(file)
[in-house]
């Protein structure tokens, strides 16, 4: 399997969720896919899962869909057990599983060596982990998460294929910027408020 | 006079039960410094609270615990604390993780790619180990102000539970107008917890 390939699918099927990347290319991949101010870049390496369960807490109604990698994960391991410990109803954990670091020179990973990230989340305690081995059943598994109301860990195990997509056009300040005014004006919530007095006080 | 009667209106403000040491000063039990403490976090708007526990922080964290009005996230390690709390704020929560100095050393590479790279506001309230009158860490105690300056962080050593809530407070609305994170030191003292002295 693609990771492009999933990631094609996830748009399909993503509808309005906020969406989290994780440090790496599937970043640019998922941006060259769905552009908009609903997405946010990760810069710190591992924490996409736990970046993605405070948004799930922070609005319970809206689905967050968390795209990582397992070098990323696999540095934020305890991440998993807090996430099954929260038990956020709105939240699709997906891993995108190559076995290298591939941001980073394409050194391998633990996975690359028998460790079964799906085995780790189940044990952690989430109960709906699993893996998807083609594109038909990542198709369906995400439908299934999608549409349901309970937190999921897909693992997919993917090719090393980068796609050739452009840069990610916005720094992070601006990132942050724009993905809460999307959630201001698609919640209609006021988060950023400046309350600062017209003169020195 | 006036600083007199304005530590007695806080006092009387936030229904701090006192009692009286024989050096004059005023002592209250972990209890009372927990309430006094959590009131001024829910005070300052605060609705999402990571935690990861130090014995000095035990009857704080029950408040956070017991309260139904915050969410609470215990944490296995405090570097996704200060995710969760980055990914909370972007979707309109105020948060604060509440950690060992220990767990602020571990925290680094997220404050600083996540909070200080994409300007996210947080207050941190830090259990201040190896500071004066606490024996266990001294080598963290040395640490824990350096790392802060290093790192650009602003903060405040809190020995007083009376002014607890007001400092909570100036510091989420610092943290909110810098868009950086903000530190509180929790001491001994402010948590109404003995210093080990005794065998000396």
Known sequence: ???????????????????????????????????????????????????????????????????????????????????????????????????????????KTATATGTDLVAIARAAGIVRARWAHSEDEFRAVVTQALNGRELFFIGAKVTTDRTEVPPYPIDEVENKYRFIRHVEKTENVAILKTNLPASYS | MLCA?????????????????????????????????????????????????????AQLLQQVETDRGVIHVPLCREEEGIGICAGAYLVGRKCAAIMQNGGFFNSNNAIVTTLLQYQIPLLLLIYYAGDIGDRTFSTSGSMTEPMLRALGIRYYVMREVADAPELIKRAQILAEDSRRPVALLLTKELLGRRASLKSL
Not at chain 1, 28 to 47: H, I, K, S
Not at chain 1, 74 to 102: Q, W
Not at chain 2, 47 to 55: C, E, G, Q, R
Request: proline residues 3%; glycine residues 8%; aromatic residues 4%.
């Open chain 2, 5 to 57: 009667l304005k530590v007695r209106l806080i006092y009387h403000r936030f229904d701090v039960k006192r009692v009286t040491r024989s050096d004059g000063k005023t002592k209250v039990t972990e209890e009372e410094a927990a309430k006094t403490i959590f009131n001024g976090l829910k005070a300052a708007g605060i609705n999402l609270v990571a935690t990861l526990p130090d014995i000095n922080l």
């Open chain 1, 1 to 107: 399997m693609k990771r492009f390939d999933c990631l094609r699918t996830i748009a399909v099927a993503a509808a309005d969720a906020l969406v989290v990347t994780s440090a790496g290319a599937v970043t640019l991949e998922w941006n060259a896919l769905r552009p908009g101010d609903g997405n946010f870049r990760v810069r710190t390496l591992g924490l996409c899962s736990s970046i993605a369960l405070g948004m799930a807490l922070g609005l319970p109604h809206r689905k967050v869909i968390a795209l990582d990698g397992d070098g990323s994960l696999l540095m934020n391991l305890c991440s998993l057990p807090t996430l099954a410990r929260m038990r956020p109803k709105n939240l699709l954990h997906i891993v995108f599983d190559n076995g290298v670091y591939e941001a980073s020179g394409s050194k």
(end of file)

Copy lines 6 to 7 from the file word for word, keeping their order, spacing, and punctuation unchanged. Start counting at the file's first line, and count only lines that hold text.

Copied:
Not at chain 2, 47 to 55: C, E, G, Q, R
Request: proline residues 3%; glycine residues 8%; aromatic residues 4%.